The 27 on Tuesday approved new sanctions against Moscow for having invaded Ukraine, with the ban on broadcasting in the EU of state media RT and Sputnik and the exclusion of "certain Russian banks" from Swift, a key cog in international finance.
The ambassadors of the member states gathered in Brussels also gave the green light to the prohibition for Europeans to participate in projects co-financed by the Russian sovereign fund RDIF, specified in the same tweet the French presidency of the EU.
These measures will come into force after publication of the decisions in the Official Journal of the EU, which will specify the names of the banks concerned, chosen "in coordination with the international partners" of the Europeans. The broadcast ban for RT and Sputnik will take effect on Wednesday, according to a European source.
The Western allies had announced on Saturday that they wanted to exclude Russian banks from Swift, so as to further isolate Moscow from the international financial system.
The sanction is considered a financial "atomic weapon": Swift, in particular at the origin of the BIC system which makes it possible to identify a bank via a unique code, allows operations such as the transit of payment orders and fund transfer orders between banks. Some 300 Russian banks and institutions use it.
Several European countries were initially reluctant to face such a measure, in particular, Germany and Italy, which feared being penalized in retaliation for their deliveries of Russian gas on which they are very dependent but ended up rallying to it.
Swift, a Belgian company, is only required to apply the sanctions adopted by the Europeans. In 2012, it excluded several Iranian banks from its system following an EU decision before most were reinstated in January 2016.
Moscow has however set up alternative financial infrastructures, for payments (“Mir” cards, which are intended to be the equivalent of Visa and Mastercard), rating (Akra agency), or transfers, via a system called SPFS.
On the sixth day of the invasion of Ukraine, the ambassadors also approved the banning of multimedia content from Sputnik and the English, German, French and Spanish versions of the Russia Today (RT) channel on television networks as well as on the internet on the Old Continent.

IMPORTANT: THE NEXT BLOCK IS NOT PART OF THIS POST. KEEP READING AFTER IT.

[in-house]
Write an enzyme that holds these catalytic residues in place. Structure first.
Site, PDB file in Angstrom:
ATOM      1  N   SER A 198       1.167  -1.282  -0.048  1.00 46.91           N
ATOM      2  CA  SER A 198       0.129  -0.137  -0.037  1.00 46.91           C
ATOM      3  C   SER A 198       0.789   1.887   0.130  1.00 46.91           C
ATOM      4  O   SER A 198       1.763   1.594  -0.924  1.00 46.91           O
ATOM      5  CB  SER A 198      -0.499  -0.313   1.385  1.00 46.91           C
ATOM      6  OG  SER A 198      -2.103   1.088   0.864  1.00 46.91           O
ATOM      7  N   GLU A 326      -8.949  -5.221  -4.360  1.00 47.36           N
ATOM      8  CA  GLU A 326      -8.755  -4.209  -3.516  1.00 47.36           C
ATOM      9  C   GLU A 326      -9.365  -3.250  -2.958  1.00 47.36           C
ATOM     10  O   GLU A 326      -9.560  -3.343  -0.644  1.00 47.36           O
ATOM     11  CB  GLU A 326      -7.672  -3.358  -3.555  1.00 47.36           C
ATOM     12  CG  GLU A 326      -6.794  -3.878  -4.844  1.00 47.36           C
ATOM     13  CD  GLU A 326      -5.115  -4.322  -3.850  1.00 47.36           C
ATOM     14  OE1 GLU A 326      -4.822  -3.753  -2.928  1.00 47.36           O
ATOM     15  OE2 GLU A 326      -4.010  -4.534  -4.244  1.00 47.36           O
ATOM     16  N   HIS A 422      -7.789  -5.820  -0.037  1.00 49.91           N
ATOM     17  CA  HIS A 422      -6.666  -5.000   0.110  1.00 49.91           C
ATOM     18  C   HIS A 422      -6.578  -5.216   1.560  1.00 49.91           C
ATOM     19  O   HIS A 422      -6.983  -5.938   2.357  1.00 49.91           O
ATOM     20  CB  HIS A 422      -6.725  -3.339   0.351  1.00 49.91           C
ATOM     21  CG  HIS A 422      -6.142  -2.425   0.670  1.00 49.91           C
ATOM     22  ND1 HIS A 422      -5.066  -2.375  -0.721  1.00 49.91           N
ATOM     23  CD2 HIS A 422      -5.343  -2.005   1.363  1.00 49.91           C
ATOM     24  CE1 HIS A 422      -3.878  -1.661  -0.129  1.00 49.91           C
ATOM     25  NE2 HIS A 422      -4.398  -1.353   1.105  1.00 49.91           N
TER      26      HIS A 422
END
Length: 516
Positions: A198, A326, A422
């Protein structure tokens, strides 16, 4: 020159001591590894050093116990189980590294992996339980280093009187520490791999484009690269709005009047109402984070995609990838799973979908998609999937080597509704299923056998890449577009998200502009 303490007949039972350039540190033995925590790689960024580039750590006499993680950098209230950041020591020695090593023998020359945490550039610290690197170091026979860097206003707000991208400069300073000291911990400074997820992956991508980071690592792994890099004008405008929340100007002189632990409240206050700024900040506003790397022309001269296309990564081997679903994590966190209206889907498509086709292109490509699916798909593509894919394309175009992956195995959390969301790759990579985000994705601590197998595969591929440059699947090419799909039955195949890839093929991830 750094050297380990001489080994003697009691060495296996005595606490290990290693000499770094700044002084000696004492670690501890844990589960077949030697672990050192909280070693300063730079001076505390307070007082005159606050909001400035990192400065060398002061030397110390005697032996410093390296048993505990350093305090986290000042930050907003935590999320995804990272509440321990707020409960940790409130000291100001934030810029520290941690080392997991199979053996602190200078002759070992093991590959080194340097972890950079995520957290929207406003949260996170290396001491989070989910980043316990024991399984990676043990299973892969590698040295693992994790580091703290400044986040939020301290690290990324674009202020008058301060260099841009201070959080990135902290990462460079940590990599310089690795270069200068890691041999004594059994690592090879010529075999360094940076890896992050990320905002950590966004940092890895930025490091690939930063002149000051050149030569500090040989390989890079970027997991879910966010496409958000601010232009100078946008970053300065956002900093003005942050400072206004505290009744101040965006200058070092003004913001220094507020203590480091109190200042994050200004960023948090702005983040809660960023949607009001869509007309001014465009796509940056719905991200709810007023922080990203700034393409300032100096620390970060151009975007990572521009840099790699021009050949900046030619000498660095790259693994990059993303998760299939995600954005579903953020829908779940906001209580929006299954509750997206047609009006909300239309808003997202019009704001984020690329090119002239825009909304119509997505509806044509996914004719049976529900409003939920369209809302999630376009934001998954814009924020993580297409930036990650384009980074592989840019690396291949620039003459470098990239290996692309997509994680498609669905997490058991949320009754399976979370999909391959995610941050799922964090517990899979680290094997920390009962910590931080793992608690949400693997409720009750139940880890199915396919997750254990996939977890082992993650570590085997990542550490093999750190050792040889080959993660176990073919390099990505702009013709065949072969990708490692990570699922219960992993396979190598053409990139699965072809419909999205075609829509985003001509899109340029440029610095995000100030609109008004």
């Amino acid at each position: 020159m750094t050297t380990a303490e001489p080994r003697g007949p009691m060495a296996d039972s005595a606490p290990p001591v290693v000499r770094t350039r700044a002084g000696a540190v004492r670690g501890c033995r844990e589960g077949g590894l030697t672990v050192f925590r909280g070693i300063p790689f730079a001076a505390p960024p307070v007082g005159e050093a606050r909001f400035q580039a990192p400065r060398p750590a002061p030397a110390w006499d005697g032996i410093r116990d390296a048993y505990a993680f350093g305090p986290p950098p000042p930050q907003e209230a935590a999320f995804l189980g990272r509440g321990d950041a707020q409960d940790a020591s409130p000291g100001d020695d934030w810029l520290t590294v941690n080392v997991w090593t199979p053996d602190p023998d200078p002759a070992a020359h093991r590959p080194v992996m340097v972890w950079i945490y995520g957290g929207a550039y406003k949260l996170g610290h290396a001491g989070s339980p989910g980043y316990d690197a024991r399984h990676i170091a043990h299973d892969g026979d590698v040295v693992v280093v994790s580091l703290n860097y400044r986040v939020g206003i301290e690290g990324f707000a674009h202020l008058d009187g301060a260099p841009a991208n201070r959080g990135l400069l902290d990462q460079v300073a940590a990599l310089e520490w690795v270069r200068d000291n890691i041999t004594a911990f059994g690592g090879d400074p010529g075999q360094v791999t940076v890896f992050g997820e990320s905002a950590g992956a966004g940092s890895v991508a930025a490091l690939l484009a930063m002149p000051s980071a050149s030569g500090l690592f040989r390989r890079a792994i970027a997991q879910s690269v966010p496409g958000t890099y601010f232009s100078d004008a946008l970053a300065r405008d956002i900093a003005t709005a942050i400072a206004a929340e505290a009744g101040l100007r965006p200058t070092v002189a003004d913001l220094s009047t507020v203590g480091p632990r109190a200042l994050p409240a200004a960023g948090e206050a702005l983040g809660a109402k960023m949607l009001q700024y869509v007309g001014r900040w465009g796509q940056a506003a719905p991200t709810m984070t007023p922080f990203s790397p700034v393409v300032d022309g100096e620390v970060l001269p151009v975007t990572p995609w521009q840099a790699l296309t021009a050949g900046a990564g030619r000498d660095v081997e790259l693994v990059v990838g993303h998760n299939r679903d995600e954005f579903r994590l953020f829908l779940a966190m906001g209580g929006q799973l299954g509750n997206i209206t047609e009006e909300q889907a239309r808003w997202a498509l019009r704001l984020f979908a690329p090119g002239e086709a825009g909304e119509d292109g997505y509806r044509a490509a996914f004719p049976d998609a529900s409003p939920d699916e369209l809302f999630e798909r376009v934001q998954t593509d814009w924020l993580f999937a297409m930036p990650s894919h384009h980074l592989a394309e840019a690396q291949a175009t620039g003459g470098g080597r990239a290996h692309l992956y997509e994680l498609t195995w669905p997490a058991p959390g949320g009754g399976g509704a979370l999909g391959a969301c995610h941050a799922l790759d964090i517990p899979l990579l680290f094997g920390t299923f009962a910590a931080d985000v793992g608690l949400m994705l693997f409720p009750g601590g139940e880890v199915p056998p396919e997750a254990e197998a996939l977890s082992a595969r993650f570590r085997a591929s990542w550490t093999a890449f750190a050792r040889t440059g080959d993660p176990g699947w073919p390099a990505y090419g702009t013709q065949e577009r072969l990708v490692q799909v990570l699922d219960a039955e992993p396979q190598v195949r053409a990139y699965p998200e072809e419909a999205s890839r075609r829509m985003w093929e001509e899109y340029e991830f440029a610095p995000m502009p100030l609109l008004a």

"We will ban the Kremlin media machine. RT and Sputnik, along with their affiliates, will no longer be able to spread their lies to justify Putin's war and to sow division in our Union," the European Commission President said on Sunday. Ursula von der Leyen.
These two companies "are not traditional media but tools of disinformation", massively financed by the Kremlin, justified a European official, specifying that this prohibition will remain in place "until the end of the Russian aggression of Ukraine".
This sanction targets "a wide range of distribution channels" but not the journalists themselves, "the media professionals concerned being able to continue their activities" for broadcasts outside Europe, he insisted on specifying.
The president of RT France, Xenia Fedorova, reacted strongly to the Commission's announcement on Sunday, denouncing "censorship" and an attack "on the very principles of freedom of expression". RT France (176 employees including 100 journalists) had indicated that it wanted to take legal action.
"We are relying on solid legal bases (...) and we will defend our decision before the European courts", assured a European source while admitting that reprisals against European media in Russia were "a possibility".
Each Member State, via its media regulatory authority and its telecom operators, will be responsible for enforcing this ban and imposing, if necessary, "proportionate and dissuasive" sanctions.
"This sanction is certainly a restriction on freedom of expression and enterprise, but a balance had to be found between these rights and the need to counter disinformation activities" which contribute to the Russian offensive against Ukraine, said claim another European official.